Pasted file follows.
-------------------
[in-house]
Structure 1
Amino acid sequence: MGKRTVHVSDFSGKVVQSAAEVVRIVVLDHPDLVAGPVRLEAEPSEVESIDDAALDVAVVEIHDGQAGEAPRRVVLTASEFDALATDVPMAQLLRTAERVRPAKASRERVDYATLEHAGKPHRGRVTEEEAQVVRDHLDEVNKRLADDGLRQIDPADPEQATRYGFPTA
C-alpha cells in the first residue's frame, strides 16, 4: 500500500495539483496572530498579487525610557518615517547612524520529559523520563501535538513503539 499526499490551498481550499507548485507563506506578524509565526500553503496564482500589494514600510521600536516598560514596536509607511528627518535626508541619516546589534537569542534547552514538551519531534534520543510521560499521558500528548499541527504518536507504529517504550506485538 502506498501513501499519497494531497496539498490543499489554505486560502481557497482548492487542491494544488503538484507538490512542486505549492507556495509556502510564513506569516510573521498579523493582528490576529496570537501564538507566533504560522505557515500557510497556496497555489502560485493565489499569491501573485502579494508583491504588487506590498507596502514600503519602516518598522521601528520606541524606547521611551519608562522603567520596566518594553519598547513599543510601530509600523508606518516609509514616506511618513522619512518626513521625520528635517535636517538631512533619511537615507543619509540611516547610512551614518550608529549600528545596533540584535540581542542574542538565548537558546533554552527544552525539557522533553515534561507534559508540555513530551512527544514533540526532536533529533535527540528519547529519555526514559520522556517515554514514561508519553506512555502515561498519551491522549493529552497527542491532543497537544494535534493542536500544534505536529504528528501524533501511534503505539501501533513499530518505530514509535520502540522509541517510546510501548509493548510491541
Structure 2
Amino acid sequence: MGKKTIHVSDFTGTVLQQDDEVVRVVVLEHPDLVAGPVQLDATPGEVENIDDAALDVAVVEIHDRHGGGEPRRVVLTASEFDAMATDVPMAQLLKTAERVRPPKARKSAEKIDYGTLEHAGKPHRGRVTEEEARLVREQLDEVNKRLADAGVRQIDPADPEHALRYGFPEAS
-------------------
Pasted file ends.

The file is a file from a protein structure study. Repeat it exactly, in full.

[in-house]
Structure 1
Amino acid sequence: MGKRTVHVSDFSGKVVQSAAEVVRIVVLDHPDLVAGPVRLEAEPSEVESIDDAALDVAVVEIHDGQAGEAPRRVVLTASEFDALATDVPMAQLLRTAERVRPAKASRERVDYATLEHAGKPHRGRVTEEEAQVVRDHLDEVNKRLADDGLRQIDPADPEQATRYGFPTA
C-alpha cells in the first residue's frame, strides 16, 4: 500500500495539483496572530498579487525610557518615517547612524520529559523520563501535538513503539 499526499490551498481550499507548485507563506506578524509565526500553503496564482500589494514600510521600536516598560514596536509607511528627518535626508541619516546589534537569542534547552514538551519531534534520543510521560499521558500528548499541527504518536507504529517504550506485538 502506498501513501499519497494531497496539498490543499489554505486560502481557497482548492487542491494544488503538484507538490512542486505549492507556495509556502510564513506569516510573521498579523493582528490576529496570537501564538507566533504560522505557515500557510497556496497555489502560485493565489499569491501573485502579494508583491504588487506590498507596502514600503519602516518598522521601528520606541524606547521611551519608562522603567520596566518594553519598547513599543510601530509600523508606518516609509514616506511618513522619512518626513521625520528635517535636517538631512533619511537615507543619509540611516547610512551614518550608529549600528545596533540584535540581542542574542538565548537558546533554552527544552525539557522533553515534561507534559508540555513530551512527544514533540526532536533529533535527540528519547529519555526514559520522556517515554514514561508519553506512555502515561498519551491522549493529552497527542491532543497537544494535534493542536500544534505536529504528528501524533501511534503505539501501533513499530518505530514509535520502540522509541517510546510501548509493548510491541
Structure 2
Amino acid sequence: MGKKTIHVSDFTGTVLQQDDEVVRVVVLEHPDLVAGPVQLDATPGEVENIDDAALDVAVVEIHDRHGGGEPRRVVLTASEFDAMATDVPMAQLLKTAERVRPPKARKSAEKIDYGTLEHAGKPHRGRVTEEEARLVREQLDEVNKRLADAGVRQIDPADPEHALRYGFPEAS